Many people are intimidated by the prospect of attempting to grow a bonsai tree. It is not as difficult as it may seem. The main requirements are patience, patience, and patience.
The art of bonsai is a Japanese form that has attracted people for centuries. Specific horticultural techniques are employed to grow purposefully dwarfed plants. A well-grown bonsai is meant to show the appearance of great age, but in a miniature outline. The bonsai is intended to evoke a traditional image of a stylized landscape. It should be aesthetically well balanced and pleasing to the eye.
Bonsai plants are primarily grown outdoors in a place where they will receive filtered or dappled sunlight and where they will be sheltered from strong winds. They can, however, be brought inside for short periods if you can provide them with a cool, light, and airy spot. Many people in apartments find they can have success with bonsai on a patio, deck, or even a shelf hung from a window. Therefore, if you have a suitable growing area and you think you have the patience, you might try working with bonsai plants.
Suitable and classic choices for bonsai plantings include evergreens such as camellia, cedar, larch, cypress, cryptomeria, and pine. Also acceptable are deciduous trees such as Japanese maple, Chinese quince, flowering cherry, and hornbeam.
The care is similar to that for any plant. However, for bonsai, nourishment is provided in as small a quantity as possible, and just in the nick of time, in order to dwarf the plant. The challenge is to sustain health while limiting size. This seems quite contrary to the normal view of things. You know you are succeeding if you are producing robust foliage and new branches each week. A bonsai may be ten years old and your measure of success is the appearance that it is hardly growing at all.
Water the plant only when it is dry. Give a small amount of water, and allow it to soak in thoroughly. Most plants are misted at least dally to minimize surface evaporation from the leaves. In hot weather, a plant might therefore even need to be misted four or five times a day. The dwarfed roots are simply not up to supplying the plant with the required water. No fertilizer is given for an entire year after re-potting. After this, a well-balanced houseplant food is supplied at half-strength every week during the spring and summer period of growth. This process further conditions the plants to their limited growing space. It also sustains the health, while curtailing significant increase in the size of your bonsai.
Re-pot bonsai plants as infrequently as every three years. You can do this with the deciduous types every two to three years, and the slower-growing evergreens can get by with the same pot for three to five years. Repotting is done in early spring, just before new growth appears. It is important that you work in a sheltered spot because you will be exposing some very delicate roots. Choose a small glazed pot that really appeals to you. Remember, you will be looking at this pot for several years to come. Place wire mesh over the drainage holes to discourage outbound wayward roots and keeps out unwanted pests. Next, add a layer of pebbles is added to ensure drainage. If the plant is large enough, its roots are pruned at each repotting. Remove about two-thirds of the old soil and cut back the roots of deciduous plants to nearly half. If you are using an evergreen, cut about a fourth of the roots off. You then work new moist soil into the root ball, working gently but assuring good contact with the roots. A good soil mixture would include rich sandy soil with additional humus (3: 1) or two parts loam, one part sand, and one part either leaf mold or peat moss.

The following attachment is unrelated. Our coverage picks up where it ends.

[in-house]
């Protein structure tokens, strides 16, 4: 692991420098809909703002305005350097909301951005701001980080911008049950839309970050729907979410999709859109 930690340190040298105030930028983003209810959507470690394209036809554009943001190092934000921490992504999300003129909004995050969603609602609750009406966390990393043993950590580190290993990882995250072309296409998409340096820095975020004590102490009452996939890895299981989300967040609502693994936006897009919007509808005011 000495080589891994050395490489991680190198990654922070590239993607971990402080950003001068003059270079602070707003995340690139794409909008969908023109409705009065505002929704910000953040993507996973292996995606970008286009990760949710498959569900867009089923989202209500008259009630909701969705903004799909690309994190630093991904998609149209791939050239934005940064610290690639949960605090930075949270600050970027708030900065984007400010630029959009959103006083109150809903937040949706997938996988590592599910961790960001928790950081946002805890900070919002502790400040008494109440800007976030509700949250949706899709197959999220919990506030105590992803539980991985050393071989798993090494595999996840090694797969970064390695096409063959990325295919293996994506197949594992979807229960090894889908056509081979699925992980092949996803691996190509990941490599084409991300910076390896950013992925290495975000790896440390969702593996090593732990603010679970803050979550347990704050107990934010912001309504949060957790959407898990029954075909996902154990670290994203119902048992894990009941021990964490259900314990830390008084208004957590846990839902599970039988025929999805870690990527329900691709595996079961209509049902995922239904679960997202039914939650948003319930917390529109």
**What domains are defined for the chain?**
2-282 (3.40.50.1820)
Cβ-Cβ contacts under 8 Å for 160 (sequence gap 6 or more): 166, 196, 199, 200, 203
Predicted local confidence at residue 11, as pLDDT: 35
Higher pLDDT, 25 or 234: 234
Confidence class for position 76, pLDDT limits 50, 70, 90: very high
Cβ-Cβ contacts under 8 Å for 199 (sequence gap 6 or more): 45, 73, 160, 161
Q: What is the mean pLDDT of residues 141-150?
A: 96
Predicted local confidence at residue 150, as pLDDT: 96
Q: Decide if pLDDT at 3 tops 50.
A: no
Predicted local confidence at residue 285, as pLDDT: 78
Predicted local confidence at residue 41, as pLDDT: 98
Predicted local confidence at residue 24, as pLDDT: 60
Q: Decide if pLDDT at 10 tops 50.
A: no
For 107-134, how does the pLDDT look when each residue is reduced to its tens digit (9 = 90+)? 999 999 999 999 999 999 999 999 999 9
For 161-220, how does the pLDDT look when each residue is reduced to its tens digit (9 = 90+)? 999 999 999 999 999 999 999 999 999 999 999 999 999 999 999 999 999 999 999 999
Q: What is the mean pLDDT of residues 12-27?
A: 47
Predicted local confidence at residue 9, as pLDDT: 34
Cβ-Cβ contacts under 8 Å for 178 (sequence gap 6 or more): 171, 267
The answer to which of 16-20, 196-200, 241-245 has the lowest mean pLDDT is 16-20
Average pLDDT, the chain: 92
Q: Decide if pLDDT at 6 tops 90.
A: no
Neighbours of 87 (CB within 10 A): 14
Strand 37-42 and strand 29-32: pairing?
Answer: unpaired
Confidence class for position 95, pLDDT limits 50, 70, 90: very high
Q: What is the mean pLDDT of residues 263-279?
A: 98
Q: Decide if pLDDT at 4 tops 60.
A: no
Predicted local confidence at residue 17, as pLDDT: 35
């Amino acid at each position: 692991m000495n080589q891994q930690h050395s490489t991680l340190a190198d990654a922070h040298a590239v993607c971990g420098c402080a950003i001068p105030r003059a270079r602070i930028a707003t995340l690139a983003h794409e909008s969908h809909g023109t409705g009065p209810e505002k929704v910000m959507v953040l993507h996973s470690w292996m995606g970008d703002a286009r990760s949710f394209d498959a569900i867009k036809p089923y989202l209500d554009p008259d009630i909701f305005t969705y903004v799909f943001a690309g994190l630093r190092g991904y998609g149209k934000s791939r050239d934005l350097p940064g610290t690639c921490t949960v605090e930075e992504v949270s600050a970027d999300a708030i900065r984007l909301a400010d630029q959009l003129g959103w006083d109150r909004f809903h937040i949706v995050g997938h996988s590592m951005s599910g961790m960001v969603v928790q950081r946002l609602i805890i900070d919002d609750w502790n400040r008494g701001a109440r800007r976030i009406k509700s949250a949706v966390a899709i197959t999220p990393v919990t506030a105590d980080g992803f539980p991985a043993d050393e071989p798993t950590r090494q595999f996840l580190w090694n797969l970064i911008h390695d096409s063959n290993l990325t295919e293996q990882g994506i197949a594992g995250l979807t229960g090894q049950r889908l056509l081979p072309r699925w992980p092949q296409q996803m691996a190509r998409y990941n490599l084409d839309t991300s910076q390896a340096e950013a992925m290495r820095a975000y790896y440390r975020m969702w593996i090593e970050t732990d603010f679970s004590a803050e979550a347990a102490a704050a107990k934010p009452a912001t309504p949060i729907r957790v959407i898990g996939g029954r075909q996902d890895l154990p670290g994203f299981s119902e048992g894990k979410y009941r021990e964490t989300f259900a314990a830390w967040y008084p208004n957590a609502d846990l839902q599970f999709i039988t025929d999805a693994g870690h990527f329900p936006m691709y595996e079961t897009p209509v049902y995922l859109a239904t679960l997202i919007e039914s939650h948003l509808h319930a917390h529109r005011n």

Well-conditioned, established plants are then set higher in the new pot than they were in the old one. This will encourage a disproportionately large and gnarled trunk. Place the bonsai off-center to provide a graceful balance to the open, asymmetrical outline of the plant. Next, bottom water the plant, mist the topsoil and leaves, and allow it to drain. It is essential that you then provide frequent misting and shelter from drafts and high temperatures, allowing a complete recovery period to protect the investment of your time over the last several years.
A well-tended bonsai is also pruned and pinched periodically to direct growth into desired shapes. An open, broad, asymmetrical outline is usually the desired outcome. A clean open top is encouraged to allow great visibility of the miniature’s stylized outline. Use copper wires to support the spreading horizontal branches and to mold the growth into less upright forms. Pass the support wires through the drainage holes during repotting, and then bring them up through the soil. Wrap this wire around the trunk and perhaps a larger, heavy branch. New growth is similarly shaped. Use moderately stiff copper wire to wrap around the branch that you want to shape. If the bark is tender, enclose the wire in rice paper to prevent scarring. The wrapping begins at the top of the branch, and finally the wire is pegged into the soil near the base of the trunk. Then bend the branch gently but firmly in the chosen direction. Leave these wires in place for six months to a year. After this, you can begin another round of training with some new wire.
You can begin to appreciate the devotion with which growers view their well-established bonsai plants. For many years, these bonsai have been artfully trained and shaped. Plants are passed from generation to generation as a loving heritage. However, you can go away for a vacation without worry. These hardy bonsai plants will survive the winter outdoors with only basic sensible protection from any severe freeze. You need not treat bonsai with kid gloves. You might find that growing your bonsai is a meditative and relaxing project. It is an art form that you may pass down to your grandchildren.